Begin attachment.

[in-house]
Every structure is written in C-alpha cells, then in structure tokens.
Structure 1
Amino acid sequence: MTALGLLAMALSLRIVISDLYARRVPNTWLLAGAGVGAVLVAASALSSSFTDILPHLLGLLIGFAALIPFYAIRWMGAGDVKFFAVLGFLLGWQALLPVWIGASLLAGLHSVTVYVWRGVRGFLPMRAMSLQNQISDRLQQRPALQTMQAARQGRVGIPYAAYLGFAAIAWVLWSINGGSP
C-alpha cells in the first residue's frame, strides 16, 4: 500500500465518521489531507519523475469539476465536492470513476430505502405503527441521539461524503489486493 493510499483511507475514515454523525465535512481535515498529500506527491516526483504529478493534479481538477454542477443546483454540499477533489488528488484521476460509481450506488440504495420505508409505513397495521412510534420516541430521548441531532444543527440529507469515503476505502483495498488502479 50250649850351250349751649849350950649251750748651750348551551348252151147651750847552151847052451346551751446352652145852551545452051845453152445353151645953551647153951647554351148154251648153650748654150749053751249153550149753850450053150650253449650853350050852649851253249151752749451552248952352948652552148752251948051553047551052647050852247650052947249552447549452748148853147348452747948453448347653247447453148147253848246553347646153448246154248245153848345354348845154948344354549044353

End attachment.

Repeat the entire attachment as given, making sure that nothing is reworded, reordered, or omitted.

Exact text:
[in-house]
Every structure is written in C-alpha cells, then in structure tokens.
Structure 1
Amino acid sequence: MTALGLLAMALSLRIVISDLYARRVPNTWLLAGAGVGAVLVAASALSSSFTDILPHLLGLLIGFAALIPFYAIRWMGAGDVKFFAVLGFLLGWQALLPVWIGASLLAGLHSVTVYVWRGVRGFLPMRAMSLQNQISDRLQQRPALQTMQAARQGRVGIPYAAYLGFAAIAWVLWSINGGSP
C-alpha cells in the first residue's frame, strides 16, 4: 500500500465518521489531507519523475469539476465536492470513476430505502405503527441521539461524503489486493 493510499483511507475514515454523525465535512481535515498529500506527491516526483504529478493534479481538477454542477443546483454540499477533489488528488484521476460509481450506488440504495420505508409505513397495521412510534420516541430521548441531532444543527440529507469515503476505502483495498488502479 50250649850351250349751649849350950649251750748651750348551551348252151147651750847552151847052451346551751446352652145852551545452051845453152445353151645953551647153951647554351148154251648153650748654150749053751249153550149753850450053150650253449650853350050852649851253249151752749451552248952352948652552148752251948051553047551052647050852247650052947249552447549452748148853147348452747948453448347653247447453148147253848246553347646153448246154248245153848345354348845154948344354549044353